Hong Kong hotel industry toasts bumper National Day, fuelled by free-spending mainland tourists
Some hotels have been able to charge a lot more than normal, as demand from Chinese tourists outstripped supply in the city
Mainland tourists were willing to pay close to quadruple the normal rate for a hotel room in Hong Kong during the National Day “golden week” holiday, as the newly opened high-speed train link to the city created a sudden surge in last-minute bookings.
The new connection drastically cuts train travel times to Hong Kong from sites in neighbouring Guangdong province and further afield.
It now takes just 40 minutes to travel to Hong Kong from Guangzhou on the high-speed line, compared with three hours previously.
“Last-minute bookings are always more expensive. But when tourists are willing to pay such high room rates, it shows the market is doing extremely well,” said William Cheng Kai-ming, chairman of Shun Ho Property Investments, which owns and operates nine mid-tier Hong Kong hotels.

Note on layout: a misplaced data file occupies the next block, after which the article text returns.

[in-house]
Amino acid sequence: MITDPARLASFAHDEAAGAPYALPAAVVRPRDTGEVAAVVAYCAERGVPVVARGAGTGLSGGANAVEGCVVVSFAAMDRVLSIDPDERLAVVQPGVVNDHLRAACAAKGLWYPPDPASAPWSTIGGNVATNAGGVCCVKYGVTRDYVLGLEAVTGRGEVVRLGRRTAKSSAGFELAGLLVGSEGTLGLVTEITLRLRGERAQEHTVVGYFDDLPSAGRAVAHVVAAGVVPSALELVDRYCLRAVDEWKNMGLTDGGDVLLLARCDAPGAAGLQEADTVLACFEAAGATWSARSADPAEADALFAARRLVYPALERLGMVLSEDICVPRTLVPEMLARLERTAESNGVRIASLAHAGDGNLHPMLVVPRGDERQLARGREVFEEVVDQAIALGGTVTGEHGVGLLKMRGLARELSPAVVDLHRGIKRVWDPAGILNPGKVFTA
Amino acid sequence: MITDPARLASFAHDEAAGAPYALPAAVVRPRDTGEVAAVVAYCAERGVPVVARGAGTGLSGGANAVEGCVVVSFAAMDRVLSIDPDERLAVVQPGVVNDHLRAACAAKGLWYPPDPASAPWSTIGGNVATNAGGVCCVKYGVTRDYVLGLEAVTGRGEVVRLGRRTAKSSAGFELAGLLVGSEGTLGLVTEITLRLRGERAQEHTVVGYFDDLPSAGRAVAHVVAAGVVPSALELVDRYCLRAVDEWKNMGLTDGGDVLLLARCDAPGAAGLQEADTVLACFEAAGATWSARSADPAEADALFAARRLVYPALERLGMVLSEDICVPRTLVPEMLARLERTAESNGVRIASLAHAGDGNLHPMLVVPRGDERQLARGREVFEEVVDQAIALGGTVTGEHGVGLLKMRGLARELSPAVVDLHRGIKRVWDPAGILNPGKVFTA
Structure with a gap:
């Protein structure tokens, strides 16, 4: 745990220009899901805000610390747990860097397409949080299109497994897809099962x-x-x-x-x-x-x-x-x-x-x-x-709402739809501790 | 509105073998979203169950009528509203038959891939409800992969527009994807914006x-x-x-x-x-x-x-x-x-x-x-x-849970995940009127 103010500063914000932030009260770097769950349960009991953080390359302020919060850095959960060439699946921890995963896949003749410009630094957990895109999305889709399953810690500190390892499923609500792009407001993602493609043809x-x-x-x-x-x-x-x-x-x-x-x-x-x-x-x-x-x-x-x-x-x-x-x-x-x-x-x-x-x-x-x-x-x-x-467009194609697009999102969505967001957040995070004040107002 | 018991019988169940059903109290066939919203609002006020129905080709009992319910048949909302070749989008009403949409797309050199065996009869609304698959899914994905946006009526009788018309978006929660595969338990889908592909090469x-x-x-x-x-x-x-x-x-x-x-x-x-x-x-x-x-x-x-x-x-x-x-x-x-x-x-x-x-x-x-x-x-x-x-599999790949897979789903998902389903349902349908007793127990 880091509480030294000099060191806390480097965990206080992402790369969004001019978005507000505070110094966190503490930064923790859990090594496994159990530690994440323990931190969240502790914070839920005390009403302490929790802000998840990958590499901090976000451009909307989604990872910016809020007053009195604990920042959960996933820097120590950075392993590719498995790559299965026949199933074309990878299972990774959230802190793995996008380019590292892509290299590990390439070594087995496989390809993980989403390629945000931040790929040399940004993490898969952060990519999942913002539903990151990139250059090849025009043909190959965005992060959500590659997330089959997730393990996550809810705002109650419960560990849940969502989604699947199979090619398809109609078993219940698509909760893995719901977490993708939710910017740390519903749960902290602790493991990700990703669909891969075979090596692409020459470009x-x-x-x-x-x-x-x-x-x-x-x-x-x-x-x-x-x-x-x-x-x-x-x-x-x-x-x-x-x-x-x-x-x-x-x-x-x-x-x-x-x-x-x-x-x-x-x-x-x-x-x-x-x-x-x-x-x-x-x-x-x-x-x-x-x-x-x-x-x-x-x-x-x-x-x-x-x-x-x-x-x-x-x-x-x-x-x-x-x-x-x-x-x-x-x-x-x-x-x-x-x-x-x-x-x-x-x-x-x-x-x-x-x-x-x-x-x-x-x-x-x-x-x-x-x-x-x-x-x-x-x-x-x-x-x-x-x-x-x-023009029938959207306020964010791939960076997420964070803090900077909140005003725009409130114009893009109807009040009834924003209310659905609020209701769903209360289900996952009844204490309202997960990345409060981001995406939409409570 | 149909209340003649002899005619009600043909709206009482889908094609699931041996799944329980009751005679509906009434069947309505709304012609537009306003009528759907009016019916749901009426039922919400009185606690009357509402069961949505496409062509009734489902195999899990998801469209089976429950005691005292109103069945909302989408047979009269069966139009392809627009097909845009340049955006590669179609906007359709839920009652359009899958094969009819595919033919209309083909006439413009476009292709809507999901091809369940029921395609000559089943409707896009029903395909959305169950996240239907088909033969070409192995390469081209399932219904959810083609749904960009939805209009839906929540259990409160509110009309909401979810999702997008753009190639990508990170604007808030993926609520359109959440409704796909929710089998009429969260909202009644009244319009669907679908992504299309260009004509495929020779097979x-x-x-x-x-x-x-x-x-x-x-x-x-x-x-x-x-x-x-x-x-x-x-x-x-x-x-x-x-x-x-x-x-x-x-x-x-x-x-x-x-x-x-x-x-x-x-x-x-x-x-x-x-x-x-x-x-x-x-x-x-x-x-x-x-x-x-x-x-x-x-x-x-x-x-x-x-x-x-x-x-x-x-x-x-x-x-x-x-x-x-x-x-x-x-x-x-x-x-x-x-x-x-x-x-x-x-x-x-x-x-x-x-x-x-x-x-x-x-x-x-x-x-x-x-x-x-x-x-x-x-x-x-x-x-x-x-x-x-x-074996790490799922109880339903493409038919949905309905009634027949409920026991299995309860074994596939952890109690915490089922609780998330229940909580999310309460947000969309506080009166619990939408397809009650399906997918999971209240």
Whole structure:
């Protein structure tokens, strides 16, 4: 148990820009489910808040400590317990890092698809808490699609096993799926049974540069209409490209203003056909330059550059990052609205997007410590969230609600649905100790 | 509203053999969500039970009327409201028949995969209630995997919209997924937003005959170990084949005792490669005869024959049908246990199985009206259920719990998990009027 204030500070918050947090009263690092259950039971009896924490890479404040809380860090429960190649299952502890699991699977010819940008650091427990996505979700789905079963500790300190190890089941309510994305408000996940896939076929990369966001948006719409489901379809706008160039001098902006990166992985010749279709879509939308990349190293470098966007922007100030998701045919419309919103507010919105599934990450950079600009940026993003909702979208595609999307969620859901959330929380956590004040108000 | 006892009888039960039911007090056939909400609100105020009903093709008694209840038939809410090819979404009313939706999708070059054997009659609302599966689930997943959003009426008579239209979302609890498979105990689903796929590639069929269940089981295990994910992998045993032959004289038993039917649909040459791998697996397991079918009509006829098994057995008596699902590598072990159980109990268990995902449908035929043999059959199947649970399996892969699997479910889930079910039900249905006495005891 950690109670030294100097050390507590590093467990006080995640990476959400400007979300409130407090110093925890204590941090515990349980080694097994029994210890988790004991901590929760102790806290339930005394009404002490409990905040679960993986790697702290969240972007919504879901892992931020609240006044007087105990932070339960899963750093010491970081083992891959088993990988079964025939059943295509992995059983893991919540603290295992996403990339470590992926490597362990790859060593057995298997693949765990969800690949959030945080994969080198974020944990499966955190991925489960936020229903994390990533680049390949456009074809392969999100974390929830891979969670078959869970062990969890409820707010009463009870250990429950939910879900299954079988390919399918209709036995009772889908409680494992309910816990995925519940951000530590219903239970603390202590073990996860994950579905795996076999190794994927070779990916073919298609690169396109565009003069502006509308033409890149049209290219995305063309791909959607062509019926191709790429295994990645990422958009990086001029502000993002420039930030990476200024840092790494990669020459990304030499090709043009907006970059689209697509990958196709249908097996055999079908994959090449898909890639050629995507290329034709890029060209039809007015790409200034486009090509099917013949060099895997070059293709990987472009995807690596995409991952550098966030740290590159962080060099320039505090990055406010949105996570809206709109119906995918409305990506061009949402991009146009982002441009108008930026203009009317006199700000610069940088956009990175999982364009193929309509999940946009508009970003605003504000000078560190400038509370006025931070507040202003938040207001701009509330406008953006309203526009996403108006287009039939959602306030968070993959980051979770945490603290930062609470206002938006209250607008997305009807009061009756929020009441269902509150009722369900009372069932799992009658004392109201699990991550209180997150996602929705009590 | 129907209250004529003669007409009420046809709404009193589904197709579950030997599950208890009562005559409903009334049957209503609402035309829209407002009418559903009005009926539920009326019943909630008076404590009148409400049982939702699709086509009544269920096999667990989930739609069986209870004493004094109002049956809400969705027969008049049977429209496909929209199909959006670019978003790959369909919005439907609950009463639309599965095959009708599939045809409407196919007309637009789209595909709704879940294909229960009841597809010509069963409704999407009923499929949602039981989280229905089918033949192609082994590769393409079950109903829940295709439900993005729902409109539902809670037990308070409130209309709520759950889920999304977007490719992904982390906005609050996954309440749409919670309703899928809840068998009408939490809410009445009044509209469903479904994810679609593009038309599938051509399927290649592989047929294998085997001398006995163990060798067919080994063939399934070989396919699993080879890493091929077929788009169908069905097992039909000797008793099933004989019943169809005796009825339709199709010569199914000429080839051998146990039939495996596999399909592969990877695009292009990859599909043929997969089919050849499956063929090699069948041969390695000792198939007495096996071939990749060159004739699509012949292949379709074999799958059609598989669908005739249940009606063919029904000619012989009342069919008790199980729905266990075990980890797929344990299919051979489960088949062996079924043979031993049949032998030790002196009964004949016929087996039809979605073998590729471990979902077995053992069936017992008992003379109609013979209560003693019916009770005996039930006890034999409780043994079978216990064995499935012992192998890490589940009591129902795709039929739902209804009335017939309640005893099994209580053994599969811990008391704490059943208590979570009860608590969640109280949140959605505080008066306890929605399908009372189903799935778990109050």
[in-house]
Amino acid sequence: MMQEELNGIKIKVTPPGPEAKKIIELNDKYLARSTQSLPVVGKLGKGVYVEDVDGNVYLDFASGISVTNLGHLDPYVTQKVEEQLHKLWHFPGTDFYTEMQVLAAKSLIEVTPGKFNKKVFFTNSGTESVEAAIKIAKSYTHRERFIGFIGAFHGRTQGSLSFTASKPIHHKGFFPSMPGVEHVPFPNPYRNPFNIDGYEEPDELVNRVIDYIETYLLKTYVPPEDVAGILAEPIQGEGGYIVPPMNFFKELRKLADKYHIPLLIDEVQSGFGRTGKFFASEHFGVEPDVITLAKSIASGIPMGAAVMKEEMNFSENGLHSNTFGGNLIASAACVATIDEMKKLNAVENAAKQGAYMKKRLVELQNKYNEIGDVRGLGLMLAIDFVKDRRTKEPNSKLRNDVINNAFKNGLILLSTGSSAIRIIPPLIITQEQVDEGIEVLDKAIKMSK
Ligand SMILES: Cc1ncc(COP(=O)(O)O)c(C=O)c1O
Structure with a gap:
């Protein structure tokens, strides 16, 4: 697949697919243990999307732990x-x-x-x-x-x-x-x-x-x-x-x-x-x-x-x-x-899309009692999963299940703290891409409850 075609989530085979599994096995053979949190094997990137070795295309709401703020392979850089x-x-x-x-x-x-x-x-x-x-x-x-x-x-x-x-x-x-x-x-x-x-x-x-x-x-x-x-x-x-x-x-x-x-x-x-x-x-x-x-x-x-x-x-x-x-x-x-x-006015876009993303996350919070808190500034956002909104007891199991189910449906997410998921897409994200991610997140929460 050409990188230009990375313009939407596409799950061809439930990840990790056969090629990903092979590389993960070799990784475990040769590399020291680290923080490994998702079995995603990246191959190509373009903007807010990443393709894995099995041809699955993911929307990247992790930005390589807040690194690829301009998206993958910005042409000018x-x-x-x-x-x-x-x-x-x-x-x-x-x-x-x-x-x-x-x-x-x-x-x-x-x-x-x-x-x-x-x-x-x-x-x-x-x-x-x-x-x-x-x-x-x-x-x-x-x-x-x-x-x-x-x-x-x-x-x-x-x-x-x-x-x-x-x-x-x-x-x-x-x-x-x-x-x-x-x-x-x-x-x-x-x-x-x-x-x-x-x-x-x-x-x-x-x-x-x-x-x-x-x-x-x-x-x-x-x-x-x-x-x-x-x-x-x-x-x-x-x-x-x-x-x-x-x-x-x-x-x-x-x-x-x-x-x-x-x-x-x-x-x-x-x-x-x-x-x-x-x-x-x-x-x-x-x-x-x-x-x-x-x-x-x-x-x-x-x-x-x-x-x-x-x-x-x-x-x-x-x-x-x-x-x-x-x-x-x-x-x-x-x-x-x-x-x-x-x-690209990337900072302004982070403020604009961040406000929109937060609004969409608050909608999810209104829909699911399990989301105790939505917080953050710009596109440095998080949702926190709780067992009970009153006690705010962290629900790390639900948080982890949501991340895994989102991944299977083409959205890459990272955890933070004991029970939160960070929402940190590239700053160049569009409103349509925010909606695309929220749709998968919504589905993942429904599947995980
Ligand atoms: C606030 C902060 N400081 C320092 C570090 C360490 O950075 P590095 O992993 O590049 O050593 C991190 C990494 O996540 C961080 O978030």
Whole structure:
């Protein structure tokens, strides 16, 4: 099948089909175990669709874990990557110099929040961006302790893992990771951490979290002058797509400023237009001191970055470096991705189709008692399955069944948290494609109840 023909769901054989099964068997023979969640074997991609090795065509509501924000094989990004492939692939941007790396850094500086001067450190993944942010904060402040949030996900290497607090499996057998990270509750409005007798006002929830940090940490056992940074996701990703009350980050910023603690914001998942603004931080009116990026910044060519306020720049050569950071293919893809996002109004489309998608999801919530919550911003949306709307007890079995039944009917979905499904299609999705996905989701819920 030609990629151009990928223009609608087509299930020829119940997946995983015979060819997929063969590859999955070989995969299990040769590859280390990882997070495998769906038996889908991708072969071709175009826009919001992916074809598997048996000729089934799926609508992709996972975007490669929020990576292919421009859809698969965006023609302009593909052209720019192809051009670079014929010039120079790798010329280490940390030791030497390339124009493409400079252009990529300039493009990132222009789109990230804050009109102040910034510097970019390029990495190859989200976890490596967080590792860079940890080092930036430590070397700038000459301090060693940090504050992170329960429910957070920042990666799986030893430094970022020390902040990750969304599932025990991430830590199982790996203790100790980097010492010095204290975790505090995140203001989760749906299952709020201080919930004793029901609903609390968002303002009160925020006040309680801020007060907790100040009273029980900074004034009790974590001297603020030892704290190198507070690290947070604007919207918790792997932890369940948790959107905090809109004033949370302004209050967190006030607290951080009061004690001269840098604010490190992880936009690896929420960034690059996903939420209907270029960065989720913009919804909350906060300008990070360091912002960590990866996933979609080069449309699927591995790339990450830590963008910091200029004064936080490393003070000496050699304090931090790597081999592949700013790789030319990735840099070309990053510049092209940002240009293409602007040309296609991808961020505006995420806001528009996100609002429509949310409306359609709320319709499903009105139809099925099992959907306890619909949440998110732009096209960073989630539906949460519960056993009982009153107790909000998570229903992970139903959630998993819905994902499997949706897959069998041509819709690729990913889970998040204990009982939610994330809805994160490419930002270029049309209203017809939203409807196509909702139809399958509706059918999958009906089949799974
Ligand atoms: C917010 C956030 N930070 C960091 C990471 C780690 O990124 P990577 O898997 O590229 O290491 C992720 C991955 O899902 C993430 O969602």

He cited the example of its Best Western Plus Hotel Kowloon in Tsim Sha Tsui, which took 14 bookings on October 3, checking guests in the same day for between HK$2,600 and HK$3,900 (US$332-498) per night, compared with the normal rate of HK$900-1,000.
Noting that he had been sceptical about how bookings might go before the holiday, given the 9 per cent slump in the value of the Chinese yuan and the fact that several new hotels opened their doors for business this year, he added: “Against all the odds, demand has way exceeded our expectations. We had a 100 per cent occupancy rate at most of our hotels this week.”